Today I read an interesting articular, about the word "disorder". It made me start thinking, there are many controversy's about "Label's". Should you label your child or anyone for that matter? Well, in my opinion if you have a friend or family member who is a fast runner, in fact he is so good that he has won many medal's, do you introduce him as " This is Joe he has running man syndrome"? Well I personal would have to say no, but it would be great for a laugh.
My son has 18 diagnoses, and before I knew all of his diagnoses he was just my little man, who was clumsy, quite, ear's like a hawk, fickle, and so forth. After his diagnoses he was/had, CP, dyspraxia, , Apraxia, SPD, Autism and on and on. Now that being said I know that without knowing what my child diagnoses are I would not be able to help him be the best he can be. But where do you draw the line, where do you see you or your child as just you or your child and not a DX? That is a question we all must ponder but here is some food for thought.
In the means of art's, it is the common denominator, you can be "nerotypical" or can have a "disability" and you can either dance or you can't, you can draw or you can't, you can sing or you can't, you can act or you can't. Well you get the point, regardless of your abilities they do not define who you or your child is. It does not determine what they/you do great, or what they/you do differently. It is just like anything else, we all have our quirks our talents, the things that drive our spouses crazy, makes someone fall in love with us or just make you, YOU. So be proud of all the things that are different and unique about you/your child, there is only one like them!
In general, partnering is "an effort by both the male and female dancers to achieve a harmony of movement so that the audience is unaware of the mechanics, and simply enjoy the emotional effects. Also known as pas de deux, or dance for two."
For a male dancer, partnering includes lifting, catching, and carrying a partner, also assisting with jumps, promenades and supported pirouettes (turns).
DXDA company members Tavon, and our newest addition Jazmin, did just that today-- and it was truly epic in nature! As a teacher, director and choreographer, I am always proud of my dancers but today I was beyond proud. The things that many aka "typical" dancers take for granted, are treasured milestones we accomplish with every bit of DXDA dancers being.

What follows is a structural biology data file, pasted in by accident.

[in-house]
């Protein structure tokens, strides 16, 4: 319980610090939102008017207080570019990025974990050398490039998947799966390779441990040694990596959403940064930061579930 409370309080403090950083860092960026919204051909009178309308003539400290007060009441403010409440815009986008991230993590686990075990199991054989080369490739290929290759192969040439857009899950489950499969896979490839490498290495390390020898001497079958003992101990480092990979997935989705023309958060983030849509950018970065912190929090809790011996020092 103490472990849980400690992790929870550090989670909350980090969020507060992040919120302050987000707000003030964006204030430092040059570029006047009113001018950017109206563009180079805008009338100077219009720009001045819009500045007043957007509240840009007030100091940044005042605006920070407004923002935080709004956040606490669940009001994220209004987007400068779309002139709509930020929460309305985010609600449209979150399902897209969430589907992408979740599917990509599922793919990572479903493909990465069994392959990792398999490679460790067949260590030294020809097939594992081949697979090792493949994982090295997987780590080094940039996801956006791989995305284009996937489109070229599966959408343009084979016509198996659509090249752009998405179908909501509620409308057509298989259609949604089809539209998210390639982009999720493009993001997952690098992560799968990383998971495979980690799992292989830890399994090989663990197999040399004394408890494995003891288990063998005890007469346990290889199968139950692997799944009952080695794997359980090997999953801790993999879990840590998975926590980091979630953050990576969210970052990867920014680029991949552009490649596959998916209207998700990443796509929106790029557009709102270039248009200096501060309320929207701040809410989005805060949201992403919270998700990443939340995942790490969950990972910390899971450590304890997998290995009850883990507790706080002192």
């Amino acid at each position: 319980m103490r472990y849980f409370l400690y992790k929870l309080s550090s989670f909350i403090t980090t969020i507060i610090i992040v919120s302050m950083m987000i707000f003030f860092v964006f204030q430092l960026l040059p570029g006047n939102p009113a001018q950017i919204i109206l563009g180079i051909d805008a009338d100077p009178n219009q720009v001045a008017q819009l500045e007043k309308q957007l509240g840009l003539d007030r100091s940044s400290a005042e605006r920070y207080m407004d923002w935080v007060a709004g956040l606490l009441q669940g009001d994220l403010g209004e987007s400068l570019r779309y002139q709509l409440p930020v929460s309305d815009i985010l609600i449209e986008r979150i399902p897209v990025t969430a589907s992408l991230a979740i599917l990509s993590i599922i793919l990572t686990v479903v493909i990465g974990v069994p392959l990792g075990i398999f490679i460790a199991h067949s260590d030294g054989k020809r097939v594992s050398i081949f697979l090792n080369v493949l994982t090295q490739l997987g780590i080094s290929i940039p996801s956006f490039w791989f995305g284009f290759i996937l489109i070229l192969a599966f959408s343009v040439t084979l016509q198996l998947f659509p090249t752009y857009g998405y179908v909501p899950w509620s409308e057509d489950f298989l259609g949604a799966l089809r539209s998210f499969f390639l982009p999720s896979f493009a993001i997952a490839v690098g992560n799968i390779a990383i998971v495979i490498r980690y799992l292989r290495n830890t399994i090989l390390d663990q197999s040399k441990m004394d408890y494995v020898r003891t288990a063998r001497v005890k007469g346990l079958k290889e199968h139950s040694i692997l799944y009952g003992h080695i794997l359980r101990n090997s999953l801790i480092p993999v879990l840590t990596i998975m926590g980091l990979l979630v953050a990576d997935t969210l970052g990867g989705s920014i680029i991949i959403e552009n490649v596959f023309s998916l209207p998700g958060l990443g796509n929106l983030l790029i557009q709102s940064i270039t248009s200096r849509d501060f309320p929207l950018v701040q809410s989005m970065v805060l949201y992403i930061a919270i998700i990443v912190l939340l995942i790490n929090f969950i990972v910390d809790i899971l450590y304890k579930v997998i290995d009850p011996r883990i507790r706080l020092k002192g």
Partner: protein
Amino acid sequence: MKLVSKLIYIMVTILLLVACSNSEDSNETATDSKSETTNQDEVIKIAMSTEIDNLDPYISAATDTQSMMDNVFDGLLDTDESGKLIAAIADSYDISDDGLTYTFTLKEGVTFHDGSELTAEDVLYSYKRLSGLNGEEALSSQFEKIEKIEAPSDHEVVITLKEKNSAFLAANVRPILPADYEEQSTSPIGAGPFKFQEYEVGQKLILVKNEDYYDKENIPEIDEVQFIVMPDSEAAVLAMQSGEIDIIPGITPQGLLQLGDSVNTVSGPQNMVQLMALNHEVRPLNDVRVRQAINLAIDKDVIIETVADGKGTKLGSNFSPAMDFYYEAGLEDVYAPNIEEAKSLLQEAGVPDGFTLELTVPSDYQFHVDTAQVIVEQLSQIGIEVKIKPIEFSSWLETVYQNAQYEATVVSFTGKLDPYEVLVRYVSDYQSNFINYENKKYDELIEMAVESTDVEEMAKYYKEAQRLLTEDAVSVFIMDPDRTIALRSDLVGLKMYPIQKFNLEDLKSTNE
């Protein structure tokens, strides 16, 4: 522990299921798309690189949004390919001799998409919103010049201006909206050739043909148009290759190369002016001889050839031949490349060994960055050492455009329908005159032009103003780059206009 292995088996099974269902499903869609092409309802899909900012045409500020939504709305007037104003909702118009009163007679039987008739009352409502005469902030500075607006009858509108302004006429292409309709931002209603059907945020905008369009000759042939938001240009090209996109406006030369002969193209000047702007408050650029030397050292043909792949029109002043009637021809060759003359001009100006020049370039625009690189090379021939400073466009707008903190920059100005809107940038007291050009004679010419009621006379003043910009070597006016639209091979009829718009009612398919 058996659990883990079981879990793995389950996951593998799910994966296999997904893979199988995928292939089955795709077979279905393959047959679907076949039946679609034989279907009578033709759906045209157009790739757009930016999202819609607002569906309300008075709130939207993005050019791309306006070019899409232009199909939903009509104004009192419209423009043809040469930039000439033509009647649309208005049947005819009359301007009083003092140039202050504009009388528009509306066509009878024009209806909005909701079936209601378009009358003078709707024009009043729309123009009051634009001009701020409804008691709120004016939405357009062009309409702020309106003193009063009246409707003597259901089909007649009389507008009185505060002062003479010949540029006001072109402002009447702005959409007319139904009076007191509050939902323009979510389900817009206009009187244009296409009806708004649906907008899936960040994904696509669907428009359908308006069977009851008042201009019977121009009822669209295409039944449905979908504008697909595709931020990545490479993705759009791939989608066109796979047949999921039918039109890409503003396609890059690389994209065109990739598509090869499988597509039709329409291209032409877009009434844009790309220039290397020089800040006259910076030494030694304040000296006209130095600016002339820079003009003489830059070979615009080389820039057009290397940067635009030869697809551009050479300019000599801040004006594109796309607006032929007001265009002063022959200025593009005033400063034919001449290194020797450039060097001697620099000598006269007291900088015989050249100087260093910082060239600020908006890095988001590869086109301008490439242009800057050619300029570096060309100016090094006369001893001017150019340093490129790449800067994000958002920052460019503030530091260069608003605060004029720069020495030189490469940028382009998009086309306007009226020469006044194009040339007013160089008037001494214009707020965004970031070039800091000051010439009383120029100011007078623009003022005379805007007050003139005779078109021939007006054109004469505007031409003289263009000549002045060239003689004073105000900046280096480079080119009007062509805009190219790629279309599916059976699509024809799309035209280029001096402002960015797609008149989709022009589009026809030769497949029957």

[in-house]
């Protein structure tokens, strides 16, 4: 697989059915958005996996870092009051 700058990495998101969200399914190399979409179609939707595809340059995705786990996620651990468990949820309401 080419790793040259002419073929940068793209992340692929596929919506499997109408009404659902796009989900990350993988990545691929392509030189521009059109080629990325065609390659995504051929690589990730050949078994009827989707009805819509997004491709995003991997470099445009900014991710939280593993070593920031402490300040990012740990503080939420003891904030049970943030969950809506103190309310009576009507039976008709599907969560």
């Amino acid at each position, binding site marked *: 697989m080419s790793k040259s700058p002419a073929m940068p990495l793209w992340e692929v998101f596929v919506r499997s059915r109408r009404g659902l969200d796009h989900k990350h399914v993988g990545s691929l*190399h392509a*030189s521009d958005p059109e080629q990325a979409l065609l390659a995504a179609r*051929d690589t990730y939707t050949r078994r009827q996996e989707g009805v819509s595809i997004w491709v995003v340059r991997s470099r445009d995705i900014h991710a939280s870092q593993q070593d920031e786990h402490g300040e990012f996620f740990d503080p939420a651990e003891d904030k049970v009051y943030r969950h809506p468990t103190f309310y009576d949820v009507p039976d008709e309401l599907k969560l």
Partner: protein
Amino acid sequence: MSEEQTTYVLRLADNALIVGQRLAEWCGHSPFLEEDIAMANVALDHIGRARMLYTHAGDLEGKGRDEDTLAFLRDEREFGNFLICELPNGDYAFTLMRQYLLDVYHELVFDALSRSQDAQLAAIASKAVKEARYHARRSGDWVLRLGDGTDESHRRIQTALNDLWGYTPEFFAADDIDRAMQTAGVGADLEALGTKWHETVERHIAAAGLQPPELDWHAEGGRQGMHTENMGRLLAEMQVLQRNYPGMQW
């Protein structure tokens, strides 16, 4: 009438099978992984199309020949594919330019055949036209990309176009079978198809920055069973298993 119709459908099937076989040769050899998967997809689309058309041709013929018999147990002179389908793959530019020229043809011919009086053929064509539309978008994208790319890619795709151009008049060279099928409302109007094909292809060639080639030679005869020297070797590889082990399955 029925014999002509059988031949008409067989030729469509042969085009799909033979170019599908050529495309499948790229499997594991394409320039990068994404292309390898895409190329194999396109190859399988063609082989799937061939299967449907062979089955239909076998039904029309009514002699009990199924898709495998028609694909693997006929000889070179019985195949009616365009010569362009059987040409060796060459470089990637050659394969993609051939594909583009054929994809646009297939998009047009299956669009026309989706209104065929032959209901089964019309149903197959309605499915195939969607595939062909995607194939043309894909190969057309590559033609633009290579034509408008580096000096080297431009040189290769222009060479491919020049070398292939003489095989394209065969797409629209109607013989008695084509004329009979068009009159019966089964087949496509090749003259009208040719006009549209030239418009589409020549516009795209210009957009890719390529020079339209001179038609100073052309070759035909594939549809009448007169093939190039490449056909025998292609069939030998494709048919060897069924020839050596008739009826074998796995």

Why is this a big deal you may ask?
I wanted to touch base with all my parents; progress is sometimes hard to see when we, as parents, see what our kiddos are up against. Over the past month and a half I have seen such huge steps that have filled my heart with such joy. I know that some families feel that their kiddo is not moving along as fast as we parents tend to desire, but just like with most new things-- it takes time. Dance promotes cognitive, emotional, social and physical health in individuals and benefits to our children in so many ways outside of dance. These five things do not happen or change over one, ten, or even twenty 45min classes-- they happen as baby steps, unique to the moves and shakes of each individual.
As a personal note; my son Uziah who has 17 DX has always been the one who stands in the background, does not interact with strangers and is not the dancing type. The first few classes my youngest, Gideon, jumped right in and was ready to move, shake, and get his dance on, as Uziah sat and watched. I felt so sad that he didn't want to join in with the group, and that he didn't enjoy it like I wanted him to. But I knew, just like most things with Uziah, he is an individual and does things at his rate. His first words at 5 years old were music to my ears after being told he would never speak, but if I would have said to myself, "well, he is never going to talk" then where would we be today? And potty training was a mess to say the least, I knew that if I just kept trying new approaches, then he would get it, and almost a year ago today he is potty trained. Why I bring this up is because we are a breed of parents that seek to give our children what any parent wants, and that is to fit in and be proud of who they are. I know that each and every one of us is proud of our children. We are lucky to have the understanding to see the accomplishments, wonderful milestones and beautiful gifts of our children as they open in front of us when we least expect it.
Just to explain further the benefits of dance, below are a few things that dance provides to our children: